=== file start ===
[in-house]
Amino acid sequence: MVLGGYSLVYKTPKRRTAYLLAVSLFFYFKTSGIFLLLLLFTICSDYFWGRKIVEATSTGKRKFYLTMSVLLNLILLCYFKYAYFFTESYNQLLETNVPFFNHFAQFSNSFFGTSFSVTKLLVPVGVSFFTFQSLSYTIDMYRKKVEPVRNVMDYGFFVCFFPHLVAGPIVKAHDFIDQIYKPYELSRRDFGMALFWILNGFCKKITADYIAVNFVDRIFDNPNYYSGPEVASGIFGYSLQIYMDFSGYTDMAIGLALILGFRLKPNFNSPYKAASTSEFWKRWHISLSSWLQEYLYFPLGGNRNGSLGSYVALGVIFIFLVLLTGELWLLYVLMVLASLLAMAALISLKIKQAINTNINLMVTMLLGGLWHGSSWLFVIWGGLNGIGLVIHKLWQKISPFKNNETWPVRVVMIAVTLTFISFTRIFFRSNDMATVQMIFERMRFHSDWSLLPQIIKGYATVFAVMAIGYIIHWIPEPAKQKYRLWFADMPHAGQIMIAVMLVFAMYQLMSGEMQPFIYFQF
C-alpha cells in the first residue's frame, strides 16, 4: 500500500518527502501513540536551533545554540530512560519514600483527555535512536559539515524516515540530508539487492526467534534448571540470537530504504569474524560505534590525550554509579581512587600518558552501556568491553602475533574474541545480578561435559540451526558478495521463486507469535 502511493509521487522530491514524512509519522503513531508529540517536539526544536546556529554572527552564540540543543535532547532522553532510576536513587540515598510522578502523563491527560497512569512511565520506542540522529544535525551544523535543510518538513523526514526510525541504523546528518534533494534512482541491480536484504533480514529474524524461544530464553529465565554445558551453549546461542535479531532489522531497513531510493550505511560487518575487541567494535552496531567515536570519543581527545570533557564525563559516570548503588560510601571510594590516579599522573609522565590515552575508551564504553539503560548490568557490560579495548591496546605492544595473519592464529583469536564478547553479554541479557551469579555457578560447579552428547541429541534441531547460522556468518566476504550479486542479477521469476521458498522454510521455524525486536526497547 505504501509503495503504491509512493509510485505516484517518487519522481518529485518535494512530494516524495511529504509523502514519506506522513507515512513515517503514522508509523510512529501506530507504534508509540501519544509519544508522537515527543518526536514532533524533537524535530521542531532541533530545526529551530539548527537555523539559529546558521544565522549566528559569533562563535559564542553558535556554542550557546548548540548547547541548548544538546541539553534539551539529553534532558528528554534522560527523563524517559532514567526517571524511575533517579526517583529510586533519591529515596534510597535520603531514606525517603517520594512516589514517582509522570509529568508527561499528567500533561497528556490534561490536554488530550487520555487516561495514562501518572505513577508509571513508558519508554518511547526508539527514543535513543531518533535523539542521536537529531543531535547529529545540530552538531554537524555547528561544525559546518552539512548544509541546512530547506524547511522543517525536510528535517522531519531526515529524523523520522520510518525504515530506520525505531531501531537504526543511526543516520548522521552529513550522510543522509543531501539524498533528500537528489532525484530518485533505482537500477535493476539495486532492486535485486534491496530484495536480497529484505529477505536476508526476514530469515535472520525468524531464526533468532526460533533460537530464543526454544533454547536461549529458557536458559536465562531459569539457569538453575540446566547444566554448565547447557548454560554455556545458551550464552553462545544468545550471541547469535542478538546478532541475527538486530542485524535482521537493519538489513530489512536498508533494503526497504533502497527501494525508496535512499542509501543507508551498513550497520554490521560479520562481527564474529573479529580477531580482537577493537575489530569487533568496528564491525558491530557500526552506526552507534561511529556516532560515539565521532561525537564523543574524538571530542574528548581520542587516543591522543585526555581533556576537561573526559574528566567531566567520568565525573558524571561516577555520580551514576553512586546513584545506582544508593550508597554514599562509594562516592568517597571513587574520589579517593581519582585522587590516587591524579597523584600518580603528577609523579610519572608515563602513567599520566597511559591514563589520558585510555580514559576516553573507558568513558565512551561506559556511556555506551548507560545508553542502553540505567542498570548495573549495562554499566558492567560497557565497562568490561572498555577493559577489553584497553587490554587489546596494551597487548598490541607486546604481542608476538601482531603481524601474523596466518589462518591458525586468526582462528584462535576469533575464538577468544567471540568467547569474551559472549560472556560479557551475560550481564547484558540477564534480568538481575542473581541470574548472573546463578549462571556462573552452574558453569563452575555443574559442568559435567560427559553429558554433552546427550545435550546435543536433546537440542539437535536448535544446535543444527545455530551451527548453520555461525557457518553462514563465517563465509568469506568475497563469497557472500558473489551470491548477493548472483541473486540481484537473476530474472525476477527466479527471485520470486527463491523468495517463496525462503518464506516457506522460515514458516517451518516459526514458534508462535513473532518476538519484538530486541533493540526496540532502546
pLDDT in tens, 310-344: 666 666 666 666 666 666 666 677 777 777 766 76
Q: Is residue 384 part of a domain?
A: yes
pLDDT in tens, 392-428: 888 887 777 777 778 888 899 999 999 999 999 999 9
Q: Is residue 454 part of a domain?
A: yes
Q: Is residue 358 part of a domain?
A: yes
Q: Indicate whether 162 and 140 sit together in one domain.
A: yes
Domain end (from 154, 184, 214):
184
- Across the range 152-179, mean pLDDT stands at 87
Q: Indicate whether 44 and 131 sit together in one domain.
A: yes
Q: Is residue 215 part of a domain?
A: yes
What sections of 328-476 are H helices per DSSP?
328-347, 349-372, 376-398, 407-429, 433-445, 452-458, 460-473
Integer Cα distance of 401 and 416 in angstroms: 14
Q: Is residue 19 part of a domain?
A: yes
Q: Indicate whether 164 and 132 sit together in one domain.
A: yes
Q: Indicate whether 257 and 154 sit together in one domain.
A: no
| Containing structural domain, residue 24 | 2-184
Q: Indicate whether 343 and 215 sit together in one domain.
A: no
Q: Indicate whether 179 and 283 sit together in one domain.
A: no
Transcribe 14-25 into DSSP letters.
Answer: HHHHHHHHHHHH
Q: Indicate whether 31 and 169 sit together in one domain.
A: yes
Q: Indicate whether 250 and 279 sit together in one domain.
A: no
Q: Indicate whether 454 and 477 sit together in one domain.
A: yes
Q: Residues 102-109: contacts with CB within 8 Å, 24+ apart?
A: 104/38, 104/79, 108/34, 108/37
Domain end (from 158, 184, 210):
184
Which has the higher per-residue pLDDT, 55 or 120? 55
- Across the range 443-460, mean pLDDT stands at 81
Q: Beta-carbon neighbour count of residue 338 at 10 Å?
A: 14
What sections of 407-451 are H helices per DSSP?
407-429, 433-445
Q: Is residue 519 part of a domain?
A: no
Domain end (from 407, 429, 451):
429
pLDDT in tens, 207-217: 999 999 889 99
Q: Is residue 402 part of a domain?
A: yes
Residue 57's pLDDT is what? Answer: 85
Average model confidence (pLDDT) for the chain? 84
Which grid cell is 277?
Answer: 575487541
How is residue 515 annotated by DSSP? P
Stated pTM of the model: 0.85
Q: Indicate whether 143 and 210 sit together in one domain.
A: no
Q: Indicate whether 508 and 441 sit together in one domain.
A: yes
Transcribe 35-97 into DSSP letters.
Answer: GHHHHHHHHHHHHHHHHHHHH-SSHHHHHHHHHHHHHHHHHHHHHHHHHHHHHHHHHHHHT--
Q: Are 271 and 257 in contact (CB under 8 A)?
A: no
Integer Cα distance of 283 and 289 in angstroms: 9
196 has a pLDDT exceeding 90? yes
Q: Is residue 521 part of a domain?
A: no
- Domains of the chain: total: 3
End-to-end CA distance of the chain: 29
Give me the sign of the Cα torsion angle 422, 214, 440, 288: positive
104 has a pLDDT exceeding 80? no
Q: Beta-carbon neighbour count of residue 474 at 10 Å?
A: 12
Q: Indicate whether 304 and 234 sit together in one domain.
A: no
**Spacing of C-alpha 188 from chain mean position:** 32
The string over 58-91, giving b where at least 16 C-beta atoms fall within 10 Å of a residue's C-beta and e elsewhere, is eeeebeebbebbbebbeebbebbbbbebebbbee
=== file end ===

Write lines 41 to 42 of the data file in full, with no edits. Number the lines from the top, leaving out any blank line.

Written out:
Q: Indicate whether 454 and 477 sit together in one domain.
A: yes